I could be wrong. And there could be enough early adopters to fund the level of infrastructure necessary to bring in people like myself who want a bit more ease of access. That would be awesome, since as you claim you’re not a bitcoin apologist, I am also not a bitcoin persecutor. I’m fascinated by the story, and will be thrilled if it enjoys broad mainstream acceptance.

        • This list points out a lot of interesting things.

          For example, due to the nature of the BTC ledger, its possible to know of EVERY theft and/or destruction of the currency that has ever taken place. Compare this to paper dollars.

          Yes, in the case of fraud, theft or bankruptcy.. you lose. There is no BTC FDIC, FBI or SS.

          For the libertarian/minarchists in the audience.. pay attention.

          Note: Particularly in the case of MtGox.. ‘issues’ were resolved without losses to MtGox depositors. Which is why MtGox is still in business.

          The rest of it? Its standard ‘new market’ antics. How many clone PC makers, of the thousands that sprung up, survived? What percentage of dotcom companies imploded after collecting millions from investors? How many of those companies were straight up scams? (a lot.. you wouldn’t believe some of the meetings I sat in on during the dot com. You want $100 M for WHAT!?)

          Death rates in new markets are of the 99% percent variety. You only hear about the successes.. not the 100% losses.

          So.. yes, if you are risk averse.. completely avoid it until its ‘common’ (Let the herd prove its value before ‘risking’ anything).

          For the pioneer types.. there is always a die off among the first wave of settlers.. but the survivors get to claim the best land.

      • Like Jack said in the Podcast: Yes, some people will make some money on this. Some people may also make some money plopping down a stack of cash on red in the nearest casino. I, meanwhile, will sit back and hope this new thing settles into a stable, easily accessible alternative currency that the government and banksters have no hold over.

  8. hey Jack I need some information from Chris on the Falcon 3 class so I can contact to arrange my hunt also I forgot to pick up my custom made knife by you before I left I wanted to get out before the storm hit. I want to let you know jack I had a great time I work like an ant and that ant was gratified thank you
    I look forward on coming back

  9. Okay, so who’s the economist that Jack mentioned? Is it Peter Schiff? That’s the only one that popped into my mind.

  10. I’m still trying to wrap my head around the concept of Bitcoin, but all I can think of is that virtual game Second Life, where a virtual world was created that had a virtual currency and had even gained a huge level of support and legitimacy, attracting companies like Coke , Dell, and MTV to run virtual corporations on its site, replete with currency, entertainment, work, and shopping. That is, until it all collapsed.

    It’s not exactly analogous to Bitcoin as the Linden dollars that became the virtually currency of the world was akin to a Ponzi scheme where depositors were promised extraordinary rates of return, something like 40%, while loans had similar ridiculous rates attached. When a “bank run” started with depositors racing to redeemed their Linden dollars, the whole system went down with it. Yet like Bitcoin it was able to survive for quite awhile because people attached worth to its value. Once that worth was removed, it collapsed.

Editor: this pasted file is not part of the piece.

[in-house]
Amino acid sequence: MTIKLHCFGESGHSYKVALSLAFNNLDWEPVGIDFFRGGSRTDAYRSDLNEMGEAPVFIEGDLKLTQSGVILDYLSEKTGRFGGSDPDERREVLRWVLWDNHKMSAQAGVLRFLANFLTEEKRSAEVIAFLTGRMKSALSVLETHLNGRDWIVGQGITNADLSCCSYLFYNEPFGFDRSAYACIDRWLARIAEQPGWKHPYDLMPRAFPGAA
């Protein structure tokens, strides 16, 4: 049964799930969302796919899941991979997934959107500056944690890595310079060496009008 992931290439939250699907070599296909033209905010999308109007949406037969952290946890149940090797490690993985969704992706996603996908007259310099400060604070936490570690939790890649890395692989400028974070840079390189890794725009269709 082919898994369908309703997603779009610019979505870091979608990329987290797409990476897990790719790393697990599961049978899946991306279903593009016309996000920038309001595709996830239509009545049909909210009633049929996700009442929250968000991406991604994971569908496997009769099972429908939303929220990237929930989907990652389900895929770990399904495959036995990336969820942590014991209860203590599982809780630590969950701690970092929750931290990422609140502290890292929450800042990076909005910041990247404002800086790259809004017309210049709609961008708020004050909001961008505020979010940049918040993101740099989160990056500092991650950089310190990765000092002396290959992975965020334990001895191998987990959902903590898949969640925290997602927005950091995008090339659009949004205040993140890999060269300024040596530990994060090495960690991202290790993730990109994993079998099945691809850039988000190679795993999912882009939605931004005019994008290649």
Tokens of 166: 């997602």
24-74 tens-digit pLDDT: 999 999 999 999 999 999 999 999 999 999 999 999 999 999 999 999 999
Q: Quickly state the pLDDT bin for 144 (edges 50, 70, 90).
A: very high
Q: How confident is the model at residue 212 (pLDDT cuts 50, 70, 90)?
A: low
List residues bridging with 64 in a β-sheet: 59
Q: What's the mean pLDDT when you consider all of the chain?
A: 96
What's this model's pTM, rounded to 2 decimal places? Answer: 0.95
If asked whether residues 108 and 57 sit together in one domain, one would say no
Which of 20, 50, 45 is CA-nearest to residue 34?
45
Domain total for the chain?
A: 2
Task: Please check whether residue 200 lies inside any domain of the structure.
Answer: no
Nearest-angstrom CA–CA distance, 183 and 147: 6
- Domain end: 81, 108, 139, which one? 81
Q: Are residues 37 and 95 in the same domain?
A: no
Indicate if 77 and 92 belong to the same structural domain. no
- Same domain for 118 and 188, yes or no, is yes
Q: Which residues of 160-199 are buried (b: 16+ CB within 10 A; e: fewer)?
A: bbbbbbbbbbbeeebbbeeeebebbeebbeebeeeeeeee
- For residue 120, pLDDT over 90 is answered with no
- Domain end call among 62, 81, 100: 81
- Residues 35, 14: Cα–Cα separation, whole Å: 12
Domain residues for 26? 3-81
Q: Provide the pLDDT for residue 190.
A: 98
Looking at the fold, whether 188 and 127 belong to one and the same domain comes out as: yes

However, my biggest concern about Bitcoin is that it’s completely based on the Internet. Should there be an extended power outage or should the country’s electric grid go down, there would be zero way to access your Bitcoin account and any money held there would be instantly vaporized. So long as the economy (and the grid) are operational, Bitcoin can hold value, anything else up to and including a SHTF scenario, it seems as though Bitcoin becomes completely worthless.


    • 🙂

      extended power outage in US:
      BTC is a GLOBAL network, as of course, the internet is.. so for the entire network to cease operation, you would need the entire internet to go away.

      If the internet did go away, the record of BTC would still exist on all of the (nonoperational) computers that were part of the network (every computer that has a BTC wallet on it).

      However.. if the entire internet goes away, you also can’t access/use your:
      bank account
      retirement accounts (stocks, bonds, commodities, pension funds)
      credit cards
      ATM cards
      bullion held by 3rd parties ( et al)
      SNAP benefits 😉

      in other words.. if you’re talking about a global ‘crisis’ of that magnitude.. the only thing accessible with value, are the things in your immediate possession.. bullion and barter goods.

      And that’s an entirely different discussion.. 🙂

  11. How do you transfer bitcoins back into cash? I mean if a had a bitcoin and my neighbor wanted to buy it, is that possible. Also, could the banks or govt. just buy them all. I mean it would costt a lot to buy them at current value, but if you owned them all….

    • You would transfer the bitcoin from your wallet to theirs, a simple and private transaction by the way.

      If you just want cash though there are bitcoin exchanges you just convert bitcoin to cash at the exchange rate. No different from doing so with yen or euros or AUD or what have you.

    • Hmm could the banks buy them all. Doubtful but an interesting question. The problem they now have is it is no longer just bitcoin, there are many options all that work the same way and float on their own exchanges.